Over the past decade, it has become clear that non-financial factors determine the value creation of companies. But while companies are increasingly mapping and reporting their non-financial value drivers, they still overlook non-financial risks and their potential impact.

Non-financial issues determine companies’ value creation. Success or failure are determined by intangible factors: the power to innovate, the power of the brand, the reputation among customers.

However, the reverse is also true: non-financial factors can endanger value creation, corporate processes and the capacity to attract talent. Certainly now when, as a society, we are reaching our limits in a number of areas such as nitrogen emissions, climate change, access to water and social inequality. 

Sustainability topics and financial risks are linked

Gaining a clear view of non-financial factors has become a matter of urgency. It has now become clear that the external factors that play a role in the long term can pose a financial risk in an increasingly shorter term.

  • In the last six months alone we’ve been faced with a pandemic, anti-racism protests, and water scarcity in the Netherlands is becoming a significant concern. If companies fail to take action to mitigate such risks, their top and bottom lines will be directly impacted.
  • But long-term risks are also a substantial threat if a company fails to transition swiftly or in a timely fashion. Here, the investment and financing horizon is vital. A company that invests in a product or asset over a period of 20 years must factor in potential changes throughout those 20 years.

The link between ‘sustainability topics’ and the financial risks is also highlighted by the Global Risks Report of the World Economic Forum. Ten years ago, not a single environmental issue and only one social issue (chronic disease) numbered among the top five. But in 2020, with the exception of weapons of mass destruction, the top 5 consists solely of environmental and social risks.

The stress test

In the longer term, many material topics can have an impact on a company. This is why we analysed the annual reports (financial year 2019) of the 25 AEX companies that included a total of 450 risks. To see whether the companies have a clear view of their risks, we analysed whether the risks could pose problems in the short and long term, whether the risks were well prioritised, and also looked at the extent to which the threats were specifically described. Download the full report.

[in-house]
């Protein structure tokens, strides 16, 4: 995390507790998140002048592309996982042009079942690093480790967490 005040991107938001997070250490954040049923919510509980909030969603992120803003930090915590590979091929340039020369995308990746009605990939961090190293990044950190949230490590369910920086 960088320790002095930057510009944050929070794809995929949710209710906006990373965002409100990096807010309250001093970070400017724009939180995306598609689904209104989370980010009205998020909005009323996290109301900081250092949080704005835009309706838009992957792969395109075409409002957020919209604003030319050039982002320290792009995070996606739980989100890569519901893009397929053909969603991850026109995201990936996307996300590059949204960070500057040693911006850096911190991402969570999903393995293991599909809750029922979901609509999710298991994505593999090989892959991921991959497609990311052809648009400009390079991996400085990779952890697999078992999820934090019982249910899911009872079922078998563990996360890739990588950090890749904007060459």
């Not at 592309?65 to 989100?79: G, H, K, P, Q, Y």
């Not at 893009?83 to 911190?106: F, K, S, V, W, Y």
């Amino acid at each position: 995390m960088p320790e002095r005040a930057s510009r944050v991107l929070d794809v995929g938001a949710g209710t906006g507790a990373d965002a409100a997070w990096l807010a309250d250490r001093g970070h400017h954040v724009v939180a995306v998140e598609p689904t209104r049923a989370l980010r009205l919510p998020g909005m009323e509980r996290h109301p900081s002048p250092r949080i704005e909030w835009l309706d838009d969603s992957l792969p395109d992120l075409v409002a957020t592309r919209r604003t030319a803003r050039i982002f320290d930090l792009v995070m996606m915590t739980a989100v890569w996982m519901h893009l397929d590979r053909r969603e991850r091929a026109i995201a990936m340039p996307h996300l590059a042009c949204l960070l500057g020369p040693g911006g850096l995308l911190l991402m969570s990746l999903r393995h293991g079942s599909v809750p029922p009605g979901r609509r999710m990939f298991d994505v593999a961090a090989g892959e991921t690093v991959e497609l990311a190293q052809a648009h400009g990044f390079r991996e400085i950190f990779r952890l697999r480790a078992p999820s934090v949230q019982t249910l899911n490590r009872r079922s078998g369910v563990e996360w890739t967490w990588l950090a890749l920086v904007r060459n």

Dutch companies don’t have sufficient view of non-financial risks

The good news is that, to a certain extent, all Dutch companies are ‘doing something’ to tackle non-financial risk issues in the longer term. The bad news is that there are still plenty of improvements to make. A summary:

  • Companies aren’t sufficiently specific in their risk reporting
  • Companies limit themselves too much to short-term risks
  • Companies don’t sufficiently link risks with the material topics
  • Companies don’t clearly prioritise risks in terms of importance and time

Two vital recommendations

Given their potentially catastrophic impact on business operations, it’s vital that companies gain clearer insights into non-financial threats in the short, medium and long term:

  • Make the connection between long-term developments and financial risks for the company and define and show the risks broken down into short, medium and long term.
  • Long-term risks are more complex to estimate than short-term risks. For the long term, focus on impact rather than opportunity and think in scenarios. What would happen to the company’s financial value if a particular trend or incident actually happened?

For example: how might the company’s value be affected if global warming is limited to 1.5 degrees compared to how it might be affected when the earth warms by another 4 degrees or more. This way, by giving a name to the uncertainty associated with the risk, you can shed light on the possible impact of, in this case, climate change.

  • Integrate defining materiality and risk management in a single process using the ‘double materiality’ approach and describe them in the report in one chapter.

White paper – Prioritise your non-financial values

Do you have a clear picture of the factors that really determine your company’s total value? The figures in your annual reporting are important but they don’t show the full picture. To a large extent, your company’s financial value is also determined by non-financials. By integrating these into your management strategy, you create added value for your company’s success.

Over time, companies can lose focus of their ultimate goal; this white paper offers tips and strategies to sharpen that focus and to determine, prioritise and include non-financial values in your reporting and risk assessment. With this, you’ll be able to manage your company more effectively and steer a better course which will probably make your company more financially successful. And above all, you’ll ensure that investors are better informed.


Mark Didden

Senior manager Corporate Reporting
KPMG Netherlands
+31 (0)20 656 24 01

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